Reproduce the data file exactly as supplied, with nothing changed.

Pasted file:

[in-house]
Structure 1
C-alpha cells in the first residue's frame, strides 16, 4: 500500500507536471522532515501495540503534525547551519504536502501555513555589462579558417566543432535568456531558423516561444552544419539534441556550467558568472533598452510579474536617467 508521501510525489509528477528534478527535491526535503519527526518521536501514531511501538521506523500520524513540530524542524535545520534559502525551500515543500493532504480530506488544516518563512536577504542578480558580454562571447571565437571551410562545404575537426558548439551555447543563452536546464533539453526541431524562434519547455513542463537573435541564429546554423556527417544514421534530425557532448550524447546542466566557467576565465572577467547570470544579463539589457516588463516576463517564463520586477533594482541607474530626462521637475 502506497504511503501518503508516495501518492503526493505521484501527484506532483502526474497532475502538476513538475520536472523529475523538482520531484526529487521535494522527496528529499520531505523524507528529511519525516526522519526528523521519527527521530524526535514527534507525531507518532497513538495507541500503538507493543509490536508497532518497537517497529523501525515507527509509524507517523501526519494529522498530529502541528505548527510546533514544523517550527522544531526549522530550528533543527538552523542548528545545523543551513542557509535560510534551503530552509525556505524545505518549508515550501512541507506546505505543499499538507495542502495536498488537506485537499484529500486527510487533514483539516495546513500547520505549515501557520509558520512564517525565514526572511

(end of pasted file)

[in-house]
Structure 1
C-alpha cells in the first residue's frame, strides 16, 4: 500500500507536471522532515501495540503534525547551519504536502501555513555589462579558417566543432535568456531558423516561444552544419539534441556550467558568472533598452510579474536617467 508521501510525489509528477528534478527535491526535503519527526518521536501514531511501538521506523500520524513540530524542524535545520534559502525551500515543500493532504480530506488544516518563512536577504542578480558580454562571447571565437571551410562545404575537426558548439551555447543563452536546464533539453526541431524562434519547455513542463537573435541564429546554423556527417544514421534530425557532448550524447546542466566557467576565465572577467547570470544579463539589457516588463516576463517564463520586477533594482541607474530626462521637475 502506497504511503501518503508516495501518492503526493505521484501527484506532483502526474497532475502538476513538475520536472523529475523538482520531484526529487521535494522527496528529499520531505523524507528529511519525516526522519526528523521519527527521530524526535514527534507525531507518532497513538495507541500503538507493543509490536508497532518497537517497529523501525515507527509509524507517523501526519494529522498530529502541528505548527510546533514544523517550527522544531526549522530550528533543527538552523542548528545545523543551513542557509535560510534551503530552509525556505524545505518549508515550501512541507506546505505543499499538507495542502495536498488537506485537499484529500486527510487533514483539516495546513500547520505549515501557520509558520512564517525565514526572511